So where does that appear in the Bible? It must appear a lot of places because it's a very important doctrine. Never does. Not once. Those two words never get close to each other. Not even the same room, much less put together for sinful nature. So what is their justification? When there are words for sinful nature, if Paul meant sinful nature, wouldn't he have said so? Well, they don't think so.

Look at this. Now I'm going to read you five long pages. It's a Bible study. I got this out of Holman's Bible Publisher, Youngblood, J.K, Youngblood, 2003. Now I want you to see this because this is the way theology works. This is the way your books written by commercial writers, not men of God who study their Bibles, but men who study about the Bible, this is what they write:

Holman's Bible Publisher, Youngblood, J.K, Youngblood, 2003:

"FLESH. The term "flesh," while prevalent in older English translations of the Bible, such as the King James Version and the American Standard Version, has largely been replaced by numerous other terms in most modern English translations. Undoubtedly, this shift is due to the wide variety of nuances the word "flesh" can have in the biblical context that are better rendered by other words, in a modern setting. Nonetheless, such seemingly unrelated terms as "skin", the way it's translated in these other versions, "food," "meat," "relatives," "humankind," and "sinful nature" in modern English translations often render the same single word in the original languages.”

 You see, he recognizes that they're taking one word and put it at, butchered it in different ways.

“Basar in Hebrew and sárx in Greek. Due to the obvious flexibility of the word, each of its primary meanings is listed below, followed by an explanation and biblical examples. "Flesh" as a designation for the body or parts of the body.”

Now didn't I say that? Eyes, ears, nose, tongue feet, sex organs. He's right there.

“ "Flesh" frequently refers to the skin of the body.”

 It does. It does that.

“All the materials that cover the skeleton of humans and animals. For example, "flesh" clearly refers to the body as a whole in Leviticus 14:9. Yes, it does. Where cleansed lepers are commanded to bathe their flesh and water. The psalmist also uses flesh in reference to his whole body where he said, my flesh trembles. He didn't say that. In fear of you. Since "flesh" can be used of animal's bodies, it can be, by extension, refer to meat or food as well.  The term can also, however, refer to a part of the body. For example, the Bible often uses flesh as a euphemism for the male genitals.”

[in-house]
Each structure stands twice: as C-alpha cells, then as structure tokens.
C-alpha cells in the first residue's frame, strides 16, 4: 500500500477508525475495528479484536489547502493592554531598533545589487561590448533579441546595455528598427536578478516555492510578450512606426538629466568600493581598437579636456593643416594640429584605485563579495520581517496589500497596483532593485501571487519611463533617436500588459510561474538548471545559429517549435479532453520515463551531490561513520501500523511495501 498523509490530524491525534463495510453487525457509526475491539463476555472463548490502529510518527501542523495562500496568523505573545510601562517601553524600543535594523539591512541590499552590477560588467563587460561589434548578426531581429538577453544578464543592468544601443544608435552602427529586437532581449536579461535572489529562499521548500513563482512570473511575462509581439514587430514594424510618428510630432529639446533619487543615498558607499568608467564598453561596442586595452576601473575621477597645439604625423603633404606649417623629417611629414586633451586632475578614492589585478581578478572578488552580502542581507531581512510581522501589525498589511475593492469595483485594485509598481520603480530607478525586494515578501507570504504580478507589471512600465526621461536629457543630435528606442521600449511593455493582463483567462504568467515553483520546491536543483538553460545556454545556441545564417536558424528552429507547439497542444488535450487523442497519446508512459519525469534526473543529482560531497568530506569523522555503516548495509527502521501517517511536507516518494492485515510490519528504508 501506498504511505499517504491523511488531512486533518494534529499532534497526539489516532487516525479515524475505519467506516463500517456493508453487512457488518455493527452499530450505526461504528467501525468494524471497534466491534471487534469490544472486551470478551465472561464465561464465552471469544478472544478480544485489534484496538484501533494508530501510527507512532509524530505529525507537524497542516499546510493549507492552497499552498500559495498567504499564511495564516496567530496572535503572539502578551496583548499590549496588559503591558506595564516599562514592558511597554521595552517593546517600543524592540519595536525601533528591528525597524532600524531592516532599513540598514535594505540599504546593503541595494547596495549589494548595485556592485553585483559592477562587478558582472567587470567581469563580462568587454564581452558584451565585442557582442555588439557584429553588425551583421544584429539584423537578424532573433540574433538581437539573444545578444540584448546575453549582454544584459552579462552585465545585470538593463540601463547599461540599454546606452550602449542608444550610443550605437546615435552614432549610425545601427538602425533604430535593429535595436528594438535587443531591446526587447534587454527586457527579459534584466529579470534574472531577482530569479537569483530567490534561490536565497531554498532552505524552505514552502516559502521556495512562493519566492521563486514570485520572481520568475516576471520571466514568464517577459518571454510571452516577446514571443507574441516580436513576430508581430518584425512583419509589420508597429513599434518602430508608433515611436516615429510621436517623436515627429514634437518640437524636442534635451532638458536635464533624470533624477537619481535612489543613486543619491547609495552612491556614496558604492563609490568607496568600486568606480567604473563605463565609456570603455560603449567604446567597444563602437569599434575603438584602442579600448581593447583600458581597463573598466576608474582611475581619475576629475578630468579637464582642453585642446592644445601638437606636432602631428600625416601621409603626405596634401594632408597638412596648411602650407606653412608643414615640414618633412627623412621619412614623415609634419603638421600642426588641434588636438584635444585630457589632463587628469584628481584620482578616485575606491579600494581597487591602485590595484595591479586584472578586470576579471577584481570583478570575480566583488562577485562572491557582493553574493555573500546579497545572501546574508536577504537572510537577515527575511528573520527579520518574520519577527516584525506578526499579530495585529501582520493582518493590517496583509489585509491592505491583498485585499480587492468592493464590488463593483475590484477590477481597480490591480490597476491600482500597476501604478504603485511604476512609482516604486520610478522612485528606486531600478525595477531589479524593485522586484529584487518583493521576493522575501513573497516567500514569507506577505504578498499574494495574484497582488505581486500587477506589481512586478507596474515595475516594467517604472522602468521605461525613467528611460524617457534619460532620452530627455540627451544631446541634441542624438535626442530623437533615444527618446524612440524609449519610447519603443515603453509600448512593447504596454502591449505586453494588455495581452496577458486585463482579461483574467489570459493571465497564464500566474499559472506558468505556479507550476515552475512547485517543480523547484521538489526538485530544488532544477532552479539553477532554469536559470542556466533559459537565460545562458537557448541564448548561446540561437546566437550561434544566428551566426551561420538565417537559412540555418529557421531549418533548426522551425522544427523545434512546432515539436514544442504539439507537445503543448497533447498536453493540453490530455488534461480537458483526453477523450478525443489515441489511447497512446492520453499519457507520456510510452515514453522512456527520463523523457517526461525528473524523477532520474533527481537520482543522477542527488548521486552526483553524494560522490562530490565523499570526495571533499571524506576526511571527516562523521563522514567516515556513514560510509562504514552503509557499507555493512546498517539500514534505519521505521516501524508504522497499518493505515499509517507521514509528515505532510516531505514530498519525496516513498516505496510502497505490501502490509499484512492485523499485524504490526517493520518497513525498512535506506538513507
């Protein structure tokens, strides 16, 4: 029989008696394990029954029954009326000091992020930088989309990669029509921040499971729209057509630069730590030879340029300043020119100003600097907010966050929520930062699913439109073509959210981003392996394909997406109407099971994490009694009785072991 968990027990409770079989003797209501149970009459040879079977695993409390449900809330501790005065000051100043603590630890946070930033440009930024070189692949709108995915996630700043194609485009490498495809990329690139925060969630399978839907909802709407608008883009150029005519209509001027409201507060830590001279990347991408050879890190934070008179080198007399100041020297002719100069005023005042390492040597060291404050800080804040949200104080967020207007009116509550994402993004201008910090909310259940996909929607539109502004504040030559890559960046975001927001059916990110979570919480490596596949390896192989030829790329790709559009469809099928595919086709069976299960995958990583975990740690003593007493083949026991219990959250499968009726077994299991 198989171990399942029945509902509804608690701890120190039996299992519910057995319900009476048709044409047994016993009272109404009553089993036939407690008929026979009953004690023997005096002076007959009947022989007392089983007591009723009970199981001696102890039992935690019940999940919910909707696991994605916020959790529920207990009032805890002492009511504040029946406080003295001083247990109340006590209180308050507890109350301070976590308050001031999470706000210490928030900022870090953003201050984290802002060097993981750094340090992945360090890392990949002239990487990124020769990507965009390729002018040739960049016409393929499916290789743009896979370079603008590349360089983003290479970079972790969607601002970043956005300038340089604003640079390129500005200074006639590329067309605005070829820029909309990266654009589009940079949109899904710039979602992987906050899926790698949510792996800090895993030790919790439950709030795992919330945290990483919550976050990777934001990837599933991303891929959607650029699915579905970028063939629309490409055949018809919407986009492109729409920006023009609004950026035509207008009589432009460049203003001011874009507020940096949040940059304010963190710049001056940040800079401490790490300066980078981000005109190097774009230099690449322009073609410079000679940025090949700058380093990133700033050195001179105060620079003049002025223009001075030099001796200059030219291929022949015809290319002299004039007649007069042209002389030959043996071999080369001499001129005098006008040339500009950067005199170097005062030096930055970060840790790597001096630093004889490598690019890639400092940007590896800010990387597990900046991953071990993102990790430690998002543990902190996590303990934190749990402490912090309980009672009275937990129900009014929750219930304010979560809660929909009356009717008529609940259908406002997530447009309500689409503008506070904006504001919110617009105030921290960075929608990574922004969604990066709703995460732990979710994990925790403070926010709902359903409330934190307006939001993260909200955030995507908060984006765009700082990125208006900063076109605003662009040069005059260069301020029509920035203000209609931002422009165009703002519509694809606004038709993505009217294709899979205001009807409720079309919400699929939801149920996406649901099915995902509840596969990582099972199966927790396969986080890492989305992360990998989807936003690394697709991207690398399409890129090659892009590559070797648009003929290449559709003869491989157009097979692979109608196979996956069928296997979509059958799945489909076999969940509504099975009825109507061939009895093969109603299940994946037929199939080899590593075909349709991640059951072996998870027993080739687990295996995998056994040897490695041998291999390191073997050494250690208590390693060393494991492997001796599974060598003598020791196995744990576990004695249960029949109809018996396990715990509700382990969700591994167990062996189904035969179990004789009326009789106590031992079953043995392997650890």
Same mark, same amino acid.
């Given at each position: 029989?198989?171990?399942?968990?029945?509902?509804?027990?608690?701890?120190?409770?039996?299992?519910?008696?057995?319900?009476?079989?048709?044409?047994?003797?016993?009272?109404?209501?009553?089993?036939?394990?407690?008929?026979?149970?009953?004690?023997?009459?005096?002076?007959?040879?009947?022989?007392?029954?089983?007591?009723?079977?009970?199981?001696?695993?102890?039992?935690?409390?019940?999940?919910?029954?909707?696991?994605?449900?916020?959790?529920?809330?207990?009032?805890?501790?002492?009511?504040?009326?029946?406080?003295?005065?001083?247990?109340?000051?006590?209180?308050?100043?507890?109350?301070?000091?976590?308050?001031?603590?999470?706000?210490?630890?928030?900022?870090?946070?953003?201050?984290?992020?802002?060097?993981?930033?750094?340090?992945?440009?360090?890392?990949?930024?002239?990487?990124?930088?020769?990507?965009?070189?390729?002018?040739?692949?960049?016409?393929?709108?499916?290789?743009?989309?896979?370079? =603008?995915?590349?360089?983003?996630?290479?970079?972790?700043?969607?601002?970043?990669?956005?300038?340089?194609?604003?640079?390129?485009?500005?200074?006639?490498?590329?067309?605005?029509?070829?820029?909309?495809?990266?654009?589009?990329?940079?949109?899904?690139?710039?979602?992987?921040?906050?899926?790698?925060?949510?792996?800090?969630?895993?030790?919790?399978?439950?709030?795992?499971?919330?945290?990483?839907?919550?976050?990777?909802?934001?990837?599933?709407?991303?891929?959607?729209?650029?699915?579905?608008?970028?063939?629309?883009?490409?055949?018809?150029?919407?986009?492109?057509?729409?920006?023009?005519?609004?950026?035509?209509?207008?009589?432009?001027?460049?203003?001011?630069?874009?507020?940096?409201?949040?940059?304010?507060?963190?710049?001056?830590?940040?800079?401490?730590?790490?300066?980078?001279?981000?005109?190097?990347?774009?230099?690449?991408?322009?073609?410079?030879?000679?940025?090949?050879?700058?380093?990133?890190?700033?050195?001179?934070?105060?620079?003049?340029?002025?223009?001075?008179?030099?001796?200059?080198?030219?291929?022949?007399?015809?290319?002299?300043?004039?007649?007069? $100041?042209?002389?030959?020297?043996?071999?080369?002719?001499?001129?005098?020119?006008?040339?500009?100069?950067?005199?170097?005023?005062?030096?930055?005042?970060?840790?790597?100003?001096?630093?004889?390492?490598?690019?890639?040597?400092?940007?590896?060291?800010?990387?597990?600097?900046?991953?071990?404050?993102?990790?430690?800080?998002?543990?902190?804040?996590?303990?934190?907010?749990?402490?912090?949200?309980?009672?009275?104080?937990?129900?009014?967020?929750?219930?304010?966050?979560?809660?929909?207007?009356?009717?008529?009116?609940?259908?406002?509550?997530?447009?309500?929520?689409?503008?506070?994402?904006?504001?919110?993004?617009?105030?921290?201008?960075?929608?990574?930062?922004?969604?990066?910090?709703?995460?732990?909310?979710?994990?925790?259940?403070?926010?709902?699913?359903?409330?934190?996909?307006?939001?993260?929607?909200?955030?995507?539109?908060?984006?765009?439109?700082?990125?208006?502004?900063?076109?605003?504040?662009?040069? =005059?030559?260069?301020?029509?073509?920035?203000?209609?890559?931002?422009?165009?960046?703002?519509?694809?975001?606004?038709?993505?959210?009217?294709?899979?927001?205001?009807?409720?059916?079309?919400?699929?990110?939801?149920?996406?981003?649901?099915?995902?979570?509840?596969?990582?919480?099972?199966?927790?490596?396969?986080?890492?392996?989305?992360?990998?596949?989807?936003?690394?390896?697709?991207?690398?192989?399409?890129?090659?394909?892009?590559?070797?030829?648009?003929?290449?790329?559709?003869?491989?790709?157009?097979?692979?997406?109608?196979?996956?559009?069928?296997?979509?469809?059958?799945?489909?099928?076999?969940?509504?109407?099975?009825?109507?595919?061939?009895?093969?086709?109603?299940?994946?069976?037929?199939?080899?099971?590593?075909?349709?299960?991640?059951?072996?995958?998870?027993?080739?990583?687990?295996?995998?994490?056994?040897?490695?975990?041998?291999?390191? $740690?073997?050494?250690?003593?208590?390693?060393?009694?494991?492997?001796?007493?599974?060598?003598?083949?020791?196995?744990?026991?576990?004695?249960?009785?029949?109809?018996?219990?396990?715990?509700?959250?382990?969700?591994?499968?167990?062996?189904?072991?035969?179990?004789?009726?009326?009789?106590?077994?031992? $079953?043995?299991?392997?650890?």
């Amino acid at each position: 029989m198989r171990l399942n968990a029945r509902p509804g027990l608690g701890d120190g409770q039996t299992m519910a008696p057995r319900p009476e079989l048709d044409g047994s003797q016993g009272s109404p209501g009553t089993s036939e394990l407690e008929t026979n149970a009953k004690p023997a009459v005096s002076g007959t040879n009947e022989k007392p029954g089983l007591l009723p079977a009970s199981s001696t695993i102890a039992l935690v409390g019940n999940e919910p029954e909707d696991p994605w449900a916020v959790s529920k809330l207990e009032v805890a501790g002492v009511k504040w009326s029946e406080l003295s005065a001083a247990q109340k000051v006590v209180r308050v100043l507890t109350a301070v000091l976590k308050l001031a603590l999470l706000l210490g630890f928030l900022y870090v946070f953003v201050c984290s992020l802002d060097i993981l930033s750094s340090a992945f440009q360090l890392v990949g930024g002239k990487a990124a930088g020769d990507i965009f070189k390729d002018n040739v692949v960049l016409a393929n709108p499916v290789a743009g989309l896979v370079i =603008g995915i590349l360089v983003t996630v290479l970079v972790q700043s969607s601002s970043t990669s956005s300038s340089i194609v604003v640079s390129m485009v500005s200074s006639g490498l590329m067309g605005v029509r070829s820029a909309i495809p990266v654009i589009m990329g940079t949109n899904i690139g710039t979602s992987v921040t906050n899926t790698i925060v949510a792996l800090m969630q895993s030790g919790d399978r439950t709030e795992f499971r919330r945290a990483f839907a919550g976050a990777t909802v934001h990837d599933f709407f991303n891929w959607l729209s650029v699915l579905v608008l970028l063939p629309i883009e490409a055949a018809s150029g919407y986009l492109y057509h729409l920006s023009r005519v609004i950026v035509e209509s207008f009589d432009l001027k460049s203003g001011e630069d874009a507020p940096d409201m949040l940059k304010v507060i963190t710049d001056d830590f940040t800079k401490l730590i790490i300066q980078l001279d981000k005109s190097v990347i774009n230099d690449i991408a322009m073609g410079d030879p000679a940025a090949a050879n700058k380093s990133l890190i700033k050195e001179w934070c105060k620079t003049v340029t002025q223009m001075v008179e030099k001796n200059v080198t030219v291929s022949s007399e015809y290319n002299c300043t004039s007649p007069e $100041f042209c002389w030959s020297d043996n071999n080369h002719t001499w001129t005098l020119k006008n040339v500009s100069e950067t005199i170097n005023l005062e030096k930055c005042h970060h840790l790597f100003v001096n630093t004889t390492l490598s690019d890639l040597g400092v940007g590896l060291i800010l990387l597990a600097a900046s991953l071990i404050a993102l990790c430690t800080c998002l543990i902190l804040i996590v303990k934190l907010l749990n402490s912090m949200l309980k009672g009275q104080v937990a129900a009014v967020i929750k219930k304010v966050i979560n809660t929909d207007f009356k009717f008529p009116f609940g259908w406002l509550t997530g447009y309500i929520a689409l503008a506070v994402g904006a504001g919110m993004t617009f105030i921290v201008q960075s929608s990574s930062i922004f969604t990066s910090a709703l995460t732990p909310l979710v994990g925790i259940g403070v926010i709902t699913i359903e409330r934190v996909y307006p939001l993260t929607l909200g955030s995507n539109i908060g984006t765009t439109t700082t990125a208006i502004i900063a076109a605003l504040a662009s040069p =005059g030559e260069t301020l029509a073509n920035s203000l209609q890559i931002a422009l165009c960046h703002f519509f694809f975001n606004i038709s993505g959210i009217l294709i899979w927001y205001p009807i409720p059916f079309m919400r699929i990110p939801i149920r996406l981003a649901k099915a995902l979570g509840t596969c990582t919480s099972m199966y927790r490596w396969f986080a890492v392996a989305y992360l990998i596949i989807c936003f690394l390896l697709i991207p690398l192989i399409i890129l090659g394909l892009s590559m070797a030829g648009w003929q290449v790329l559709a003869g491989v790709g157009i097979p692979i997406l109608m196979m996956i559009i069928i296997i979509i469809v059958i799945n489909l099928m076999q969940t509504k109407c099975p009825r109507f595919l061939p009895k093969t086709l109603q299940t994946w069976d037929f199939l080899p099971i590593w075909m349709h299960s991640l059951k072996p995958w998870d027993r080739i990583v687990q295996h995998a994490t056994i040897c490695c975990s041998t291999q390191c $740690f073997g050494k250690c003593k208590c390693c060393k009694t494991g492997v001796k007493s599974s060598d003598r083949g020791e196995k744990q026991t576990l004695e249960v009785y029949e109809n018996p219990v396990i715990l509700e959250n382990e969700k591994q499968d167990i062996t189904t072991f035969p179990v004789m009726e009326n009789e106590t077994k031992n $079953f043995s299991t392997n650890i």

Well, last I knew male genitals were all flesh.

“The use of the term is most common context related to the covenant sign of circumcision.”

That sounds smart. When they cut away the foreskin, it was flesh.

“Occasionally flesh is used in contrast to the term "soul".”

Well, well you got a soul and then you got flesh. Not the same thing.

“(Nephesh in Hebrew.) Thus distinguishing a person's physical existence from his Spiritual existence. Similarly flesh is used in contrast to the word for heart/mind.”

That's right. We have a heart and mind inside of a body of flesh.

“To distinguish the body from the mind, will, and emotions.”

 I'm going to be showing you that tonight.

“The use of the term flesh as a designation of humanity suggests an important contrast between man and God. Man is flesh. God is Spirit. Man is finite and mortal, but God is infinite and immortal. Numerous passages such as this, contrast by pairing the word flesh with the word Spirit. Flesh over against Spirit. The word flesh by itself, however, can also stress the weakness and sinfulness of humanity.”

 Yeah. I've said all of that.

“In contrast to the power and holiness of God, flesh as a designation for the sinful nature.”

 Now, all he said so far contradicts his conclusions here.

“Flesh as a designation for the sinful nature in the New Testament, especially the Pauline epistles, of the term “flesh” takes on a specialized theological meaning.”

Theological Education

Now I studied theology in college for five years. And I enjoyed it and I appreciate it. And I learned a lot. I learned all about what men believe about the Bible. But it wasn't until I got out of the Bible college and studied the Bible, I found out what the Bible, what God believes. Because that's found in the Bible, not in theology books. Although I still appreciate my theological education. It comes in real handy.

Continuing quote...

“Flesh as a designation for the sinful nature, in the New Testament, especially the Pauline epistles, the term flesh makes on a specialized theological meaning. Paul consistently uses the term flesh, in reference to the fallen human nature.”